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This is how the dough looked after 24 hours. Still very moist, and bubbly.

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Next thing to do is dust a work surface with flour and gently remove the dough from the bowl and onto the work area.

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Then sprinkle some more flour on top and gently bring things into a round form.

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Like so.

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Cover the dough with a cotton or linen towel and let sit an hour or two until the dough has almost doubled in size (I gave it 2 1/2 hours). Around 30 minutes before the end of this rise preheat your oven to 475 degrees F and warm a 4 1/2-quart covered dutch oven inside the oven.

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Carefully remove the heated dutch oven from the oven, remove its cover, and gently place the dough inside. Then replace the cover and bake for 30 minutes. After 30 minutes remove the cover and continue baking for another 15-30 minutes, or until the bread is golden brown.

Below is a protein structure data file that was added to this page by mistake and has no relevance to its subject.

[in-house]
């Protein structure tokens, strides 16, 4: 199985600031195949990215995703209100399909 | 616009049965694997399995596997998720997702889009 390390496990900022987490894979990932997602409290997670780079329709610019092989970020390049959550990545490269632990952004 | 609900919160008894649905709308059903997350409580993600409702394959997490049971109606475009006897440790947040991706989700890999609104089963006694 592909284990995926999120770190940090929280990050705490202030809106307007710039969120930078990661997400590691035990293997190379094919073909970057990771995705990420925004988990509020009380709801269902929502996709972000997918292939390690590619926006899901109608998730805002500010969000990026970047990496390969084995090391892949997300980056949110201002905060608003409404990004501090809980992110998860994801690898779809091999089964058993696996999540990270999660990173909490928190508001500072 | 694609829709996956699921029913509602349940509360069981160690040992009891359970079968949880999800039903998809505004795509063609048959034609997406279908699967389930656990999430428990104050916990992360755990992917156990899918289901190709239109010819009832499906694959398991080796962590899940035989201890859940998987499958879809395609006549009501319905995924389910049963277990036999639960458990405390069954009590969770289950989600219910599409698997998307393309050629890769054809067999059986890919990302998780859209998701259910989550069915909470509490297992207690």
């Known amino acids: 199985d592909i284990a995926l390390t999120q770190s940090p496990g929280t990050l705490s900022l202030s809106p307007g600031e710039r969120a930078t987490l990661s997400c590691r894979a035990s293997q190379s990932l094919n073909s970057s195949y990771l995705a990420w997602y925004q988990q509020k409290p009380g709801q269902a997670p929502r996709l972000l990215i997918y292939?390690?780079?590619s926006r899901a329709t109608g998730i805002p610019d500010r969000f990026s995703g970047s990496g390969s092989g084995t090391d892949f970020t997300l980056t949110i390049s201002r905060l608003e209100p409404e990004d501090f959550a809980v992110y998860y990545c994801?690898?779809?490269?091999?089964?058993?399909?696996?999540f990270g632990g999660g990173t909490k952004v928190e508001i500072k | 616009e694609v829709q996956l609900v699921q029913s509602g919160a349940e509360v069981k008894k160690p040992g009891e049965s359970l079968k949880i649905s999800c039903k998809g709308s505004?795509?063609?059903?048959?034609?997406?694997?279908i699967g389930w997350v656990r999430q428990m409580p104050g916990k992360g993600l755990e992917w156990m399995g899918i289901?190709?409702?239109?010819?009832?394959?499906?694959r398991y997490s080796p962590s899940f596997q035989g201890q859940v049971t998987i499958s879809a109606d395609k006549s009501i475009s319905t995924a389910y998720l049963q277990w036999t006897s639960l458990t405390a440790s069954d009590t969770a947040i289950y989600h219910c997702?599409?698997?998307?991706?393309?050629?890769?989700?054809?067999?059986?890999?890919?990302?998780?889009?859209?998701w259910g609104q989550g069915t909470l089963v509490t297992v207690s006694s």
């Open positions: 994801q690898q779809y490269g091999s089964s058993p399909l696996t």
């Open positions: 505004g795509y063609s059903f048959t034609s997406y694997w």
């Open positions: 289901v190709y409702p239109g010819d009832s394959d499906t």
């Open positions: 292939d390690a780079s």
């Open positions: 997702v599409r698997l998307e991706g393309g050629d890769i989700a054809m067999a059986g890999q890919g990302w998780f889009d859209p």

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Fifteen minutes is all this took.

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Remove the bread from the dutch oven and let it completely cool on a rack before cutting it open.

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I don’t say this to brag. Really, I don’t. Beginner’s luck turned out to be awfully kind to me. This bread is awesome. Crisp on the outside, chewy on the inside, and the flavor is absolutely perfect.

I’m (almost) speechless.

EPILOGUE

You may be wondering whether all-purpose flour can be substituted for bread flour. I know I did. And so I decided to give it a try. I did everything exactly the same except for swapping out the flour.